Effective January 1, 2016, employers in the state of Oregon are required to implement sick time policies that provide paid sick time to employees.

What is Confident doing?

Confident has implemented our 2016 Oregon Sick Leave – Hourly Accrual System for all employees of each of the Confident companies.

Sick time policy – CLIENTS
Confident can help our client companies formulate a sick time policy that your company may adopt for your company’s compliance.  Confident Clients will be required to sign an addendum to your current Client Services Agreement, agreeing to compliance and cooperation of the new Oregon Sick Time Law.

Sick time policy – EMPLOYEES
Confident provides the BOLI Requirements of Oregon’s Sick Time Law on the employee portal for all employees to access on demand as well as our Sick Time policy and procedures. 

You can use these links to access related state laws online:


Stay tuned to our website and social media accounts for updates, helpful information and tips for remaining compliant with the law.

Read the Requirements of Oregon’s Sick Time Law

Oregon Sick Time

Q.  What is Oregon Sick Time?
A.  Beginning January 1, 2016, all employers with more than 10 employees (6 in Portland) in Oregon must provide up to 40 hours of paid leave per year.  Employers with less than 10 employees (less than 6 in Portland) must provide 40 hours of unpaid protected sick time.

Q.  How does Oregon Sick Time accrue?
A.  Employees accrue 1 hour of sick time for every 30 hours worked or 1-1/3 hours for every 40 hours worked.

Q.  When are employees eligible to take Oregon Sick Time?
A.  Employees are eligible for Oregon Sick Time on their 91st day of employment.

Q.  What if I have 11 employees but only for a short period of time as seasonal employees?A.  For counting purposes, all employees (full-time, part-time, and temporary) will be looked at for determining the number of employees an employer has. The number of employees is calculated based on the number of employees an employer has per day during each of 20 workweeks in the calendar or fiscal year immediately preceding the year in which an employee’s sick time is to be taken.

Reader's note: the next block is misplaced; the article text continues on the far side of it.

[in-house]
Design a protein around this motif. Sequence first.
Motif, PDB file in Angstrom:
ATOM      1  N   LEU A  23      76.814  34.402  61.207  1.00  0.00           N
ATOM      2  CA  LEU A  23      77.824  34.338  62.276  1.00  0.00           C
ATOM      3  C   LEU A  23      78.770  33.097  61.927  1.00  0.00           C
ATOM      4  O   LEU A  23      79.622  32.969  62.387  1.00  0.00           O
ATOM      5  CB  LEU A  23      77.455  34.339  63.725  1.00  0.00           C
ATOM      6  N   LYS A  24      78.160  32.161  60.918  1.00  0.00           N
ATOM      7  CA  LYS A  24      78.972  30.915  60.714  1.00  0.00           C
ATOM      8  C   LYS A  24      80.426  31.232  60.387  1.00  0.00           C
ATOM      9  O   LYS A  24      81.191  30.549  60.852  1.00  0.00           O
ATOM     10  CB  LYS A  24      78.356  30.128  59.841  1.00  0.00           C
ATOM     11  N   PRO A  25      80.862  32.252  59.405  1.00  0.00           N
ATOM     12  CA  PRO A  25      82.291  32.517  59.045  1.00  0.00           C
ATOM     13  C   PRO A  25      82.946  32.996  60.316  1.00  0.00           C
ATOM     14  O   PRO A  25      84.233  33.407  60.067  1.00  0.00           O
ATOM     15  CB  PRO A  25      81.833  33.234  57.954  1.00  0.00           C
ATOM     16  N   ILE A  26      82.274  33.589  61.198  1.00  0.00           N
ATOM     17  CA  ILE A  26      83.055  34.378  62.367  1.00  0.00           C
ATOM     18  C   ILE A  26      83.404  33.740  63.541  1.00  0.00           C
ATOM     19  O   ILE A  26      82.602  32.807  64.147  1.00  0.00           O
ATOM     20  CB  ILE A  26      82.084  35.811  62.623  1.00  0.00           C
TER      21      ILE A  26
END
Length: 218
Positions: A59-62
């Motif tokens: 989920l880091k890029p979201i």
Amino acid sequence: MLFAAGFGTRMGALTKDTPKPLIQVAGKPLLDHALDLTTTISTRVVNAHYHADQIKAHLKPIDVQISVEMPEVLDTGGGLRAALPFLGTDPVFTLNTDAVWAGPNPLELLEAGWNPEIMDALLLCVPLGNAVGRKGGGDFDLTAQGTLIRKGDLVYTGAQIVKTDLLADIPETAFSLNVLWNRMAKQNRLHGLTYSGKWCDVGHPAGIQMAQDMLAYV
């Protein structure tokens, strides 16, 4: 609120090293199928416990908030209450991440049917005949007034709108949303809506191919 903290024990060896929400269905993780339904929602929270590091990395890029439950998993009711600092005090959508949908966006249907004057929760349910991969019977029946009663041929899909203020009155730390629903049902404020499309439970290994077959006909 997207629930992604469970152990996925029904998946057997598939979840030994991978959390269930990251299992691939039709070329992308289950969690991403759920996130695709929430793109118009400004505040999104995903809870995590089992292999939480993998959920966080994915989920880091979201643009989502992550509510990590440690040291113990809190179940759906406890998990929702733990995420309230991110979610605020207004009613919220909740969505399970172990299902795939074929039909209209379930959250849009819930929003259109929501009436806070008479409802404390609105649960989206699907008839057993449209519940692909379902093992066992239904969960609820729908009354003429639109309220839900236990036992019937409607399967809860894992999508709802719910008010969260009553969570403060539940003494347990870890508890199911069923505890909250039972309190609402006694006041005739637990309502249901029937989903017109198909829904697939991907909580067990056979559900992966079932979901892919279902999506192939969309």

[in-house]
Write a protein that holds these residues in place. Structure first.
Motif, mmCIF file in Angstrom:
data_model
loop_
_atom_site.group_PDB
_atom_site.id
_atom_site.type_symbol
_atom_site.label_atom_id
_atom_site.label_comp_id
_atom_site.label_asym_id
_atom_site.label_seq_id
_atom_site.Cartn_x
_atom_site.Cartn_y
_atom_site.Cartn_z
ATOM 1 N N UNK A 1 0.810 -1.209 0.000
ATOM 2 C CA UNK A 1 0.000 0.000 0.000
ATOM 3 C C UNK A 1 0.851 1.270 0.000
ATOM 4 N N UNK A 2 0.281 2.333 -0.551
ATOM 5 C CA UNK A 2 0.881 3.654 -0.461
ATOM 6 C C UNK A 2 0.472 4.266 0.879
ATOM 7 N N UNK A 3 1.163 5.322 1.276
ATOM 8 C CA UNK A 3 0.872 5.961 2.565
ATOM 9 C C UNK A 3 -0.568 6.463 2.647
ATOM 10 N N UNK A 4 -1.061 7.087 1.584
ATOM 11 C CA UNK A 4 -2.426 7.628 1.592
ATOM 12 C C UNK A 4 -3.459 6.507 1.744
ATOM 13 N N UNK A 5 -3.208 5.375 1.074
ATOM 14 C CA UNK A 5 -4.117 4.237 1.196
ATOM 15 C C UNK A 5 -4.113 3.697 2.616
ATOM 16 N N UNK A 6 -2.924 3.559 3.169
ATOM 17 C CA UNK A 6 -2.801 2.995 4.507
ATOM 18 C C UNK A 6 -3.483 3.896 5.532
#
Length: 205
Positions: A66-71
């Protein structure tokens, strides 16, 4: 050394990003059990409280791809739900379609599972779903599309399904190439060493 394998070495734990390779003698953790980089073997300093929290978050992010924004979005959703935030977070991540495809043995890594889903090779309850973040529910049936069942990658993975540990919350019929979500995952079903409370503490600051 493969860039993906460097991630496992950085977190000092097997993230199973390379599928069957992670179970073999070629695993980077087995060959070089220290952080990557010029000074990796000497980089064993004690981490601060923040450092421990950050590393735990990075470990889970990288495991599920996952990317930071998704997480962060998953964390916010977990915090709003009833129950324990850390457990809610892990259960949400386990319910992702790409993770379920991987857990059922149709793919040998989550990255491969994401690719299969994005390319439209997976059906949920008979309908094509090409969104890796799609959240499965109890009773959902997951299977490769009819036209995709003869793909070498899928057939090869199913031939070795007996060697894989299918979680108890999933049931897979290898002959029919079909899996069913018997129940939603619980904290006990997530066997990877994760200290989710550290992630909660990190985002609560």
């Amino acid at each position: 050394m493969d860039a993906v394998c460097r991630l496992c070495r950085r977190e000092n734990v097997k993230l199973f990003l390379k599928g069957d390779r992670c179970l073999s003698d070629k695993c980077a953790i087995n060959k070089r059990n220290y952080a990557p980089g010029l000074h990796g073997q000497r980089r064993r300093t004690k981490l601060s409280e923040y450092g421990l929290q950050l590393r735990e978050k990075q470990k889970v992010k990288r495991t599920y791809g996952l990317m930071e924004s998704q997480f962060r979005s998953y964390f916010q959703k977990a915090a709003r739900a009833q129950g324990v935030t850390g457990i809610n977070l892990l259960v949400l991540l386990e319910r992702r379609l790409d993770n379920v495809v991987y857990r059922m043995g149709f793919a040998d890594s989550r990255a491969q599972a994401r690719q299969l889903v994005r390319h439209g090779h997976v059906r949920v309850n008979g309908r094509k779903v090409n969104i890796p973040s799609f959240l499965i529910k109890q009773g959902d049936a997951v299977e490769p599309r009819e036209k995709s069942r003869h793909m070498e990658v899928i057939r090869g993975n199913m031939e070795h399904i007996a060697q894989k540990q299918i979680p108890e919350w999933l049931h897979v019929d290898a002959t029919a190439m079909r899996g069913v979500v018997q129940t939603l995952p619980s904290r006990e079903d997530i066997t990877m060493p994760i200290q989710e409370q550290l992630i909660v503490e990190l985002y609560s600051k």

Q.  What is meant by a Year?  How is it measured?
A. ”Year” includes any consecutive 12-month period, such as a calendar year, a tax year, a fiscal year, a contract year or the 12-month period beginning on the anniversary of the date of employment.

Q.  How much is an employee paid for Oregon Sick Time?
A.  Their regular rate of pay.  If an employee is paid on a commission or piece-rate, the employee needs to be paid at least Oregon minimum wage.

Q.  Does an employer have to pay sick time out when an employee leaves employment?
A.  No.  The statute is specific.  An employer does not have to pay out for accrued unused sick time.

Q.  What if an employer has an existing sick time or PTO?
A.  If this plan is, “substantially equivalent” or more generous to the employee than the minimums of the law, this policy shall be deemed, “in compliance.”

For what purposes may sick time be used? 

Employees are entitled to use sick time for the following purposes:

  • For an employee’s or family member’s mental or physical illness, injury or health condition or need for medical diagnosis of these conditions or need for preventive medical care.
  • To care for an infant or newly adopted child under 18, or for a newly placed foster child under 18, or for a child over 18 if the child is incapable of self-care because of mental or physical disability. 
  • To care for a family member with a serious health condition.
  • To recover from or seek treatment for a serious health condition that renders the employee unable to perform at least one of the essential functions of the employee’s job.
  • To care for a child of the employee who is suffering from a non-serious illness, injury or condition.
  • To deal with the death of a family member by attending the funeral or alternative, making arrangements necessitated by the death of a family member, or grieving the death of a family member.
  • To seek legal or law enforcement assistance or remedies to ensure the health and safety of the employee or the employee’s minor child or dependent for proceedings related to domestic violence, harassment, sexual assault, or stalking.
  • To seek medical treatment, recover from injuries, or obtain services related to domestic violence, sexual assault, harassment or stalking incidents to the employee or employee’s minor child or dependent.
  • To donate sick time to another employee for qualifying purposes if the employer has a policy allowing such donations.
  • For certain public health emergencies.

Nothing on this notice or website is intended as legal advice.  Any responses to specific questions are based on the facts as we understand them, and not intended to apply to any other situations.  This communication is not an agency order.  If you need legal advice, please consult an attorney.  We attempt to update the information on this website as soon as practicable following changes or developments in the laws and rules affecting Oregon employers, but we make no warranties or representations, express or implied, about whether the information provided is current.  We urge you to check the applicable statutes and administrative rules yourself and to consult with legal counsel prior to taking action that may invoke employee rights or employer responsibilities or omitting to act when required by law to act.